Fertility; on site at RHW

Radiology; All imaging available on site

Blood products; delivered daily Apheresis; service to all patient groups

Outreach clinics are provided at Bathurst and Tamworth Hospitals.

Referrals for intensive inpatient treatments are received from Port Macquarie Hospital.

4.1.7 Royal North Shore Hospital

Capacity Ambulatory Care Allied Health support Supportive services Outreach services

Inpatient ward – Haematology (Allo BMT)

21 inpatient beds 17 single rooms

6 beds & 36 chairs in Haem ambulatory care

There is a haematology

ambulatory care unit open 7 days per week.

Dedicated to unit; Social Worker, Pharmacist, Dietician, Clinical Psychologist (cancer services) Shared with other services; Occupational Therapist, Physiotherapist, Speech Pathologist.

Fertility; provided off site (Private) Radiology; all imaging available on site (PET only avail. To inpatients if private patients)

Blood products; delivered daily Apheresis; service to all patient groups

Outreach clinics are provided at Manly and Armidale Hospitals.

Weekly videoconferencing is conducted with Lismore and Coffs harbour Hospitals and referrals for acute inpatient care are received from these sites as well as from Private facilities within the LHD. 4.1.8 Royal Prince Alfred Hospital

Capacity Ambulatory Care Allied Health support Supportive services Outreach services

Inpatient ward – Haematology (Allo BMT)

24 inpatient beds 6 single rooms

6 chairs & 1 bed in haematology step down unit

20 chairs & 5 beds in chemotherapy suite

There are 3 ambulatory care areas for haematology patients:

Oncology & haematology chemotherapy suite

BMT & haematology step down unit

Apheresis unit

Dedicated to unit; Pharmacist, Social Worker, Dietician, Clinical Psychologist

Available if required; Occupational Therapist, Physiotherapist, Speech pathologist

Fertility; Provided onsite

Radiology; all imaging available on site

Blood products; delivered daily Apheresis; service to all patient groups

Outreach clinics are provided at Orange and Dubbo Hospitals.

Referrals for intensive inpatient treatments are received from Broken Hill.

(22)

Page | 17

Capacity Ambulatory Care Allied Health support Supportive services Outreach services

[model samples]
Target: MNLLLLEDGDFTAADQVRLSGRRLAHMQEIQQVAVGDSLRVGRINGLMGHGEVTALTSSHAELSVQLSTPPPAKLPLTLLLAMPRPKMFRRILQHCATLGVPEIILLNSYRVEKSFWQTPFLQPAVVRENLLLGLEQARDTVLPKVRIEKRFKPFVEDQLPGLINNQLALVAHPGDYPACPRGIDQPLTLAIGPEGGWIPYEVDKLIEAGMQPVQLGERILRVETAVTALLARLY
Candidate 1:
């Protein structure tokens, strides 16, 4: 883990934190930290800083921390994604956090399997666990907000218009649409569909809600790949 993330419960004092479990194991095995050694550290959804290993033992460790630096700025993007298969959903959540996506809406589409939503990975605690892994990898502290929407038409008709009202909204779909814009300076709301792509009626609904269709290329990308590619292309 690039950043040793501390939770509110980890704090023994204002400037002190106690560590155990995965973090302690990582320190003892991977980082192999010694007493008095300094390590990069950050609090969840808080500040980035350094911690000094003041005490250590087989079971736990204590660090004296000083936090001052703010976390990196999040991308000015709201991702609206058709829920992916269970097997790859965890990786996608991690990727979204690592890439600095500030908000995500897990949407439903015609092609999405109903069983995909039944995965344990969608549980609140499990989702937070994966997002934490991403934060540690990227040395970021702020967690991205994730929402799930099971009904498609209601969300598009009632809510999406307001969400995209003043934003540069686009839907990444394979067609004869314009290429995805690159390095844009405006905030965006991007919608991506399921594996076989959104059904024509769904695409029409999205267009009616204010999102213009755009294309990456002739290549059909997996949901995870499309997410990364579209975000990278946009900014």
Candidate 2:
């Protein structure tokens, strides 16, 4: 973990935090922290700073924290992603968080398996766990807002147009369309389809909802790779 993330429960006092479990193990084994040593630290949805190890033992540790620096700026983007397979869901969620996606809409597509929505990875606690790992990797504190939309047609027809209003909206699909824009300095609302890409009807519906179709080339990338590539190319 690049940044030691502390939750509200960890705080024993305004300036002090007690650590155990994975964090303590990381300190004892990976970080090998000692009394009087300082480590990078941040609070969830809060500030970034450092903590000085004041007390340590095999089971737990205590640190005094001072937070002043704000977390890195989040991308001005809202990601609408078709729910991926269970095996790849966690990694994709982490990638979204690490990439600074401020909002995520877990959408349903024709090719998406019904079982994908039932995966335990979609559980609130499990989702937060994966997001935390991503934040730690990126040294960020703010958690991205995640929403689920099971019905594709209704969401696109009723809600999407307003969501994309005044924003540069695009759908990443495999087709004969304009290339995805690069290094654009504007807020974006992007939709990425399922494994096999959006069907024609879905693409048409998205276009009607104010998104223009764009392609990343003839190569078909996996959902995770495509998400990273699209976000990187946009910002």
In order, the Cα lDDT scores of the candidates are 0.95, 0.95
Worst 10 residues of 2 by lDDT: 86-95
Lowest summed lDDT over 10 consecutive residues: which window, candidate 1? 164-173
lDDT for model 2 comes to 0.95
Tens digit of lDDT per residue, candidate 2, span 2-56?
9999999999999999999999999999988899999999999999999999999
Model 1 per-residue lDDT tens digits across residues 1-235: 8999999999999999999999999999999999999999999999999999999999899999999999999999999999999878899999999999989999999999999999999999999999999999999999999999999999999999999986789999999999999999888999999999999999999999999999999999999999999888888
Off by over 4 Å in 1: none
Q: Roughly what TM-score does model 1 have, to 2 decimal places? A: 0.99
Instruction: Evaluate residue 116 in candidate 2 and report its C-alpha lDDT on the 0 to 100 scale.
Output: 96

Inpatient ward – Mixed specialty (Auto BMT)

12 Haem inpatient beds (22 bed ward + 6 winter surg beds) 6 single rooms (4 x 4 bedded bays) 10 chairs & 3 beds in Haem & onc Chemotherapy unit

5 single rooms and 15 chairs general ambulatory care

There are 2 ambulatory care areas for haematology patients:

Oncology & haematology chemotherapy suite

General ambulatory care unit for transfusions & procedures. General ambulatory care keeps 1 quarantined bed for 1 hour every afternoon for urgent consultations with the Haematology Registrar. COT visit patients at home.

Dedicated to unit; Social Worker, Pharmacist (Cancer services) Shared with other services; Clinical Psychologist

Available if required; Dietician, Physiotherapist, Speech pathologist, Occupational Therapist

Fertility; provided off site (Private) Radiology; PET scanner off site Blood products; delivered daily Apheresis; service to all patient groups

Outreach clinics are provided at Sutherland hospital. There is a Haem & Onc ambulatory care unit at this site.

4.1.10 St Vincent’s Hospital

Capacity Ambulatory Care Allied Health support Supportive services Outreach services

Inpatient ward – Mixed specialty (Allo BMT)

12 Haem & 6 BMT inpatient beds 8 Single rooms (5 x 2 bedded rooms)

4 beds & 19 chairs ambulatory care

There are 2 ambulatory care areas for haematology patients:

Oncology & haematology ambulatory care

Multipurpose ambulatory care for overflow patients and available 8 – 12 on weekends.

Dedicated to unit; Pharmacist, Social Worker, Dietician, Clinical Psychologist

Shared with other services; Occupational therapist, Physiotherapist.

Available if required; Speech pathologist

Fertility; provided off site

Radiology; all imaging available on site

Blood products; delivered daily Apheresis; service to all patient groups

Outreach clinics are provided at Wagga Wagga and Griffith Hospitals.

4.1.11 Sydney Children’s Hospital

Capacity Ambulatory Care Allied Health support Supportive services Outreach services

Inpatient ward – Paediatric Oncology ward (Allo BMT) 16 inpatient beds (up to 20 beds) 6 single rooms (4 x BMT with ensuite, 2 isolation rooms without ensuite)

12 beds (2 x 6 bed bays), 2 isolation rooms & 1 apheresis bed in the Oncology outpatient unit